I could read when I was just 4 years old. Dinosaur Bones by Byron Barton was my book of choice. I would read it out loud to anyone who would listen. I felt like a literary genius! The reality however, was that my librarian mom had read it to me so many times that I had the whole thing memorized. I knew how to read the words because I had heard them so many times. (At this moment allow me to digress and send my sincere apologies to my wonderful mother who had to read it a bazillion times.) Little did I know that memorizing words would be the ONLY way I would really be able to read for a very long time.
I am dyslexic. I was diagnosed officially when I was 11 years old and in 6th grade. Reading and writing were the bane of my existence. I would have rather scrubbed toilets or any other task than read or write. I loved listening to someone read to me, and I had great ideas in my head but just couldn't get them down on paper. Of course, this combination of hate and fear does not fit well into a typical 11-year-old's daily life of school.
Beginning junior high with a learning disability is like a giant black cloud already hanging over an already stormy time in any young person's life. Who wants to be "identified" and go to "that room" for instruction or help? I would hang around the halls talking to friends and sneak into the room at the last minute, totally convinced that no one would ever know that I had any kind of learning issues. Right, like that was going to work. I was fortunate enough to have good friends, I was good at music and sports and much of what I thought would happen was more about MY feelings then anybody else's. With the help of my parents, some wonderful teachers and even some bad teachers (I'll have to devote a whole blog entry to teachers) I made my way through school with a decent outcome.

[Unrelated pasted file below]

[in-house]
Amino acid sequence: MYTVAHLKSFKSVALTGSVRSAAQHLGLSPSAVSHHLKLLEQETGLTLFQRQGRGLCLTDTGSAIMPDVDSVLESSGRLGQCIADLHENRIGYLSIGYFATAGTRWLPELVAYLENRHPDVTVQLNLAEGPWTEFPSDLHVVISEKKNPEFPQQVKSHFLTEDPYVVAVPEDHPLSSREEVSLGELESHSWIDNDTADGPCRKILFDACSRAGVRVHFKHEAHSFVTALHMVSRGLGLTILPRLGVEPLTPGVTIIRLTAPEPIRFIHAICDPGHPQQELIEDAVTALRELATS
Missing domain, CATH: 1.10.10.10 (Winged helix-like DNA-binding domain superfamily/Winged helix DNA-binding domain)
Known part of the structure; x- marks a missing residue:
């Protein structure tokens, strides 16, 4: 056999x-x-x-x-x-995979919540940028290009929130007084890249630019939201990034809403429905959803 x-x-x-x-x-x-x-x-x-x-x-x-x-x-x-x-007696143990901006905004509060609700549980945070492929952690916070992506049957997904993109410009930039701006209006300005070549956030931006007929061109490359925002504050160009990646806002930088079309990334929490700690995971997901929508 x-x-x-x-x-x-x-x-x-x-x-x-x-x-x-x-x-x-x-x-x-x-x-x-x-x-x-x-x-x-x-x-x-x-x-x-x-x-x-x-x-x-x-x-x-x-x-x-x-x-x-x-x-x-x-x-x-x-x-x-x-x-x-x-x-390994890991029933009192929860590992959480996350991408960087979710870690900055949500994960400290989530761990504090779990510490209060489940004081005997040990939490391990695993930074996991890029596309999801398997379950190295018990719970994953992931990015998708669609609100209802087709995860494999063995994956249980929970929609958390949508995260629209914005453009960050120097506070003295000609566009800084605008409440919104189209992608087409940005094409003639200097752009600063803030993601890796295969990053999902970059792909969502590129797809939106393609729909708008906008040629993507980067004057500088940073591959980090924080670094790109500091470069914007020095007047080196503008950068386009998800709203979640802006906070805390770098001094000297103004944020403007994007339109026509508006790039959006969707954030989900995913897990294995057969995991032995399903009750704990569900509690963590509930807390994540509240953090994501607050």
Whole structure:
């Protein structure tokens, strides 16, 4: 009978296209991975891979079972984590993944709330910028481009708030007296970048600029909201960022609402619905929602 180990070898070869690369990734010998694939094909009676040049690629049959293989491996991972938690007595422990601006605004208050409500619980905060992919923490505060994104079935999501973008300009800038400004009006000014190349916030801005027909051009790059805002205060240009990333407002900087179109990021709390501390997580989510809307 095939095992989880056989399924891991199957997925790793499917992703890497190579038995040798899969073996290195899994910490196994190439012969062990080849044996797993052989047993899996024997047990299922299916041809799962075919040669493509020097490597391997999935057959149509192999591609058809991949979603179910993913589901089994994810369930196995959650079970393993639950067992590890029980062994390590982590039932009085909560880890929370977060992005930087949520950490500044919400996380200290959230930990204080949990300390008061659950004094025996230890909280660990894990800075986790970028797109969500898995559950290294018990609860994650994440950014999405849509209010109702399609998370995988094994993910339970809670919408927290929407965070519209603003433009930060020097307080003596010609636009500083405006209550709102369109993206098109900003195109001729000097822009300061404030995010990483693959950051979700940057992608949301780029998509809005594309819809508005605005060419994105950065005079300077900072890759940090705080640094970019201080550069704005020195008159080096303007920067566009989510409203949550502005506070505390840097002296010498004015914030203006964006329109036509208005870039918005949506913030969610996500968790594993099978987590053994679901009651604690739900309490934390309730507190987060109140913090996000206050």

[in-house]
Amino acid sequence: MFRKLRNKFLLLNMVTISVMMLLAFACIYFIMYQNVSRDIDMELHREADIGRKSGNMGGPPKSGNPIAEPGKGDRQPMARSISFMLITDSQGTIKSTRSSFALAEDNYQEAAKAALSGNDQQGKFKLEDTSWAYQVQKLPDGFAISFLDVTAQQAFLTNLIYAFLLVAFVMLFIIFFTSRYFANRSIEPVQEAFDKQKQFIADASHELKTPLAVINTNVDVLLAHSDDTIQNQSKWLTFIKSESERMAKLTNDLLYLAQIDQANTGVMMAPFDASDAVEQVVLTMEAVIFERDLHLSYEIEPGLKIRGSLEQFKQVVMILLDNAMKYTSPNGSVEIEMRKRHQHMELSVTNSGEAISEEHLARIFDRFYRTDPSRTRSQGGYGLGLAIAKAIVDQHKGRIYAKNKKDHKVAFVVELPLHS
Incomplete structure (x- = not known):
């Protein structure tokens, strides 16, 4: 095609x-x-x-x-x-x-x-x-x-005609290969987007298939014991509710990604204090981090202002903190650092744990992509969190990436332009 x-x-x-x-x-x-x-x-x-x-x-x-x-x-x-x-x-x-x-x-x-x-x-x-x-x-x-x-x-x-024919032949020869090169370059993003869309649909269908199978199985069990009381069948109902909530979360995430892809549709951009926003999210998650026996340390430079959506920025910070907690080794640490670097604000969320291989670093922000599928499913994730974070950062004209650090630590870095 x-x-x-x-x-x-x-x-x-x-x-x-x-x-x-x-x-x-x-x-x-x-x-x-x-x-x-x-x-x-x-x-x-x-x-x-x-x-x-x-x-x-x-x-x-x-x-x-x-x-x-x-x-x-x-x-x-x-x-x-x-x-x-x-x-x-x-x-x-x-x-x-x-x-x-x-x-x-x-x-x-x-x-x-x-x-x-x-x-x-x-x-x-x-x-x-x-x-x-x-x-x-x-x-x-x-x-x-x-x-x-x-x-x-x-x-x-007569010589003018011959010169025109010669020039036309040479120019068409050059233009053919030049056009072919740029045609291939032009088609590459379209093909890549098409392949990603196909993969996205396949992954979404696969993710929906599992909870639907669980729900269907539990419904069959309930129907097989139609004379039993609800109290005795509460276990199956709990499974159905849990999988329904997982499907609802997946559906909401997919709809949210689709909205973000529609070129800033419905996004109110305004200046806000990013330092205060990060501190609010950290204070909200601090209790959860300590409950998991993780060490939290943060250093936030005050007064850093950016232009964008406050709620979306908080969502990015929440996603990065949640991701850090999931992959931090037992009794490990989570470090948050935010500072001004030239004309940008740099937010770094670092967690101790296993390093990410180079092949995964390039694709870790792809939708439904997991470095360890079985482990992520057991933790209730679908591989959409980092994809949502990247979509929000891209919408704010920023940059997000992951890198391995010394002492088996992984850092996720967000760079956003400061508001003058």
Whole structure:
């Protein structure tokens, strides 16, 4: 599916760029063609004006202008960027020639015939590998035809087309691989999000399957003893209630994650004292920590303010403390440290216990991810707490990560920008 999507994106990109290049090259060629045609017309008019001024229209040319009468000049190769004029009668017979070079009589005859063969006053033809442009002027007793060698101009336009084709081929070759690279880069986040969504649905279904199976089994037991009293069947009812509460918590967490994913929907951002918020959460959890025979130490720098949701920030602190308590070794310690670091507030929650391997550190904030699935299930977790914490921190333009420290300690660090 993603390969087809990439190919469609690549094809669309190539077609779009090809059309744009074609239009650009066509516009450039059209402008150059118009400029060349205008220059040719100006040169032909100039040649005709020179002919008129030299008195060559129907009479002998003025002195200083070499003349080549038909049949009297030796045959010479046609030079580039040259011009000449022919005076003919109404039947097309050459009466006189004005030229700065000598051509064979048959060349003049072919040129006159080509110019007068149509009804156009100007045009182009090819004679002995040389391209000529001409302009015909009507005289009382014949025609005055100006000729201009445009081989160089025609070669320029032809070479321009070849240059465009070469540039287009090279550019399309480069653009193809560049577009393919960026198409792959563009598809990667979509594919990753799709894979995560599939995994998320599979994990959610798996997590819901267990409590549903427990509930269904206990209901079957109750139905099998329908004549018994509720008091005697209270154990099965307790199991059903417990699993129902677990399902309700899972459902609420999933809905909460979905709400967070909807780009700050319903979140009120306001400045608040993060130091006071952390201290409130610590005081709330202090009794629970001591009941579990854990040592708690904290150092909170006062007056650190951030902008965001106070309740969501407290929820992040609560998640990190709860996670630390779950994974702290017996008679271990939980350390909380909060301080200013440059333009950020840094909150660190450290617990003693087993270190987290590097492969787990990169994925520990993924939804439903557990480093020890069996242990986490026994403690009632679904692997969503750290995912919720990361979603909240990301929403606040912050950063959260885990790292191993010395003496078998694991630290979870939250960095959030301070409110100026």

A lot of that also had to do with going to a wonderful reading program called Orton Gilllingham. This specialized reading program is provided free to children with dyslexia by the Masons. I began when I was 15 at a 2nd grade reading level. I ended three years later as a high school senior on a college reading level. HOPE now became part of my life. Miracles do happen.
I finished my bachelor's degree in two years at Full Sail University. Yes, two years of eight-hour days of classes and only two two-week vacations at Christmas and summer. It began like Mt. Everest, but I conquered it very successfully.
Today I live in Steamboat Springs, Colo. I have a good job and live in a wonderful town. I ski and bike and meet people from all over the world. My dyslexia still comes into play on a daily basis, but I've learned so many ways to compensate that it usually doesn't present a huge problem. I've come a long way from the 11-year-old boy trying to hide my disability. It's been an interesting journey. Cheers!
For more on learning disabilities, click here.